Is something missing from the Construction Strategy?

2 Jun

Yesterday saw the publication by the Cabinet Office of the government’s Construction Strategy (1). This is potentially a very important development for health and safety in the construction sector, not least because the public sector procures between 30 and 40% of the UK’s total construction output.

The new strategy sets out to reform the way in which public projects are procured, promising a “profound change in the relationship between public authorities and the construction industry.” However, ensuring that workers on public construction projects are protected against injury and death is not an aspect of this relationship that the strategy seeks to address and reform. Instead, the primary aim is to “ensure that the government consistently gets a good deal” and to make sure “that cost becomes a lead driver in the delivery of projects.”

There is nothing intrinsically wrong with ensuring that the taxpayer receives value for money, but the absence of health and safety concerns from the construction strategy is worrying. The emphasis is on construction contractors and government working together to eliminate waste, but at no stage is protecting against wasted lives mentioned as a key element of the procurement process.

This is problematic, as recent studies have found that public procurement can drive improvements in health and safety standards. A report produced for HSE in 2007 (2) found that “the requirement to manage health and safety risks scored relatively low when selecting the procurement method”, little feedback was being passed to contractors who weren’t selected as successful bidders, and the collection of health and safety information by public bodies during construction processes was rare. The review of health and safety practices after completion was found to be low, and few public clients completed “client risk registers” to inform contractors about dangers and the ways in which they could be mitigated.

A follow-up report for HSE appeared in 2011 (3) and found that four years later, little had improved in public sector procurement. Only 35% of projects required that contractors be accredited to a Considerate Contractors Scheme, and only 41% required workers on site to be registered with a Construction Skills Certification Scheme.

This led the report’s authors to conclude that “In the intervening years between the initial survey and the current research there appears to have been little significant improvement in terms of public sector client’s discharging their health and safety obligations during the procurement of construction projects.”

This was backed up by the Donaghy Report, published in 2009 (4), which found that lower down the public procurement chain, accountability for health and safety was “patchy” and that government guidelines were “too often ignored” particularly at a local level.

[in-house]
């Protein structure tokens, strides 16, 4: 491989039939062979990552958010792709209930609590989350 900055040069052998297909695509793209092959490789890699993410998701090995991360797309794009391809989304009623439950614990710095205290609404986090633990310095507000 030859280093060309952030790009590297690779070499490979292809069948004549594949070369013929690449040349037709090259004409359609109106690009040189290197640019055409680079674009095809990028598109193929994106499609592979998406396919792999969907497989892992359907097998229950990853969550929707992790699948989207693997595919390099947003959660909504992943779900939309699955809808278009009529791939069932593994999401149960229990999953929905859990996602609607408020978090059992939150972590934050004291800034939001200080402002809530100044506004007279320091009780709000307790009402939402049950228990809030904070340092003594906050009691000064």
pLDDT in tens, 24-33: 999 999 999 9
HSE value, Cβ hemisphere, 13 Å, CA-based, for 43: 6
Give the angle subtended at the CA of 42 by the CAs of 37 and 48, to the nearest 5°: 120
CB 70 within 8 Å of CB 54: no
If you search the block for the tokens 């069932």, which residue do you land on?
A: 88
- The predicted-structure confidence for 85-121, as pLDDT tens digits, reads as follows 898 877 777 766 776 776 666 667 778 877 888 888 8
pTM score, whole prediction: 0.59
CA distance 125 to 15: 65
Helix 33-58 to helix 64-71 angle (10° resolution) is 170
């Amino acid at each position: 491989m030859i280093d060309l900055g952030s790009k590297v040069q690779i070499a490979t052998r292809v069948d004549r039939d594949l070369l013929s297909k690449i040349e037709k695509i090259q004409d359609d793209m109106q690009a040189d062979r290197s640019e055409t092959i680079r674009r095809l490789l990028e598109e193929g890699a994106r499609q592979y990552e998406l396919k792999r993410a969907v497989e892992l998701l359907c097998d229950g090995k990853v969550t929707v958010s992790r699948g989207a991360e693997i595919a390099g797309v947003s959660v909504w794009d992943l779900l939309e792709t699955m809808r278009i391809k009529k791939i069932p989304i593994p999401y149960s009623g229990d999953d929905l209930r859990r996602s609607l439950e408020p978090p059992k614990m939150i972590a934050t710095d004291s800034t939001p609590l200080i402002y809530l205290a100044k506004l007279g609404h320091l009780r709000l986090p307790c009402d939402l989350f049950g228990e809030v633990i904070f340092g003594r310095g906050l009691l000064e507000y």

Donaghy recommended several innovations in public sector procurement such as the collection of performance data, mandatory registration of contractors and their employees with accreditation schemes, as well as bringing in contractors early in the procurement process to ensure that designs for public buildings included clear health and safety guidelines.

The new Construction Strategy does not mention any of these recommendations in relation to health and safety, raising concerns that safety standards will be eroded in the search for “value.”

However, there are some grounds for optimism. Reports into public sector procurement have often mentioned the need to go beyond “traditional” methods of procurement and look into “collaborative” ways of delivering construction projects. Instead of companies competing to offer lower costs, it might be better if companies and public sector bodies could work together from an early stage to build safe, good value bids, and work from there.

The Construction Strategy promises to replace “adversarial cultures with collaborative ones” and to achieve “Integration of the design and construction of an asset with the operation phases.” So there is scope for good health and safety practices to be embedded early in the procurement process and carried through by “integrated management” teams across the whole life cycle of projects.

Moreover, the creation of a government Construction Board to monitor all government expenditure on construction could be extended to monitoring health and safety standards. Indeed, the GCB will be tasked with drawing up government Construction Standards, which should refer to health and safety.

Yet despite this, the emphasis within the Construction Strategy is upon the need to drive down costs, not to raise safety standards. It hopes that “clients should be aware, when they go into the market for construction work, what its price should be” but there is no indication yet that the monetary cost of protecting employee’s lives will be factored in.





Written by Sam Urquhart. Sam is currently interim campaigns and engagement manager at the British Safety Council.


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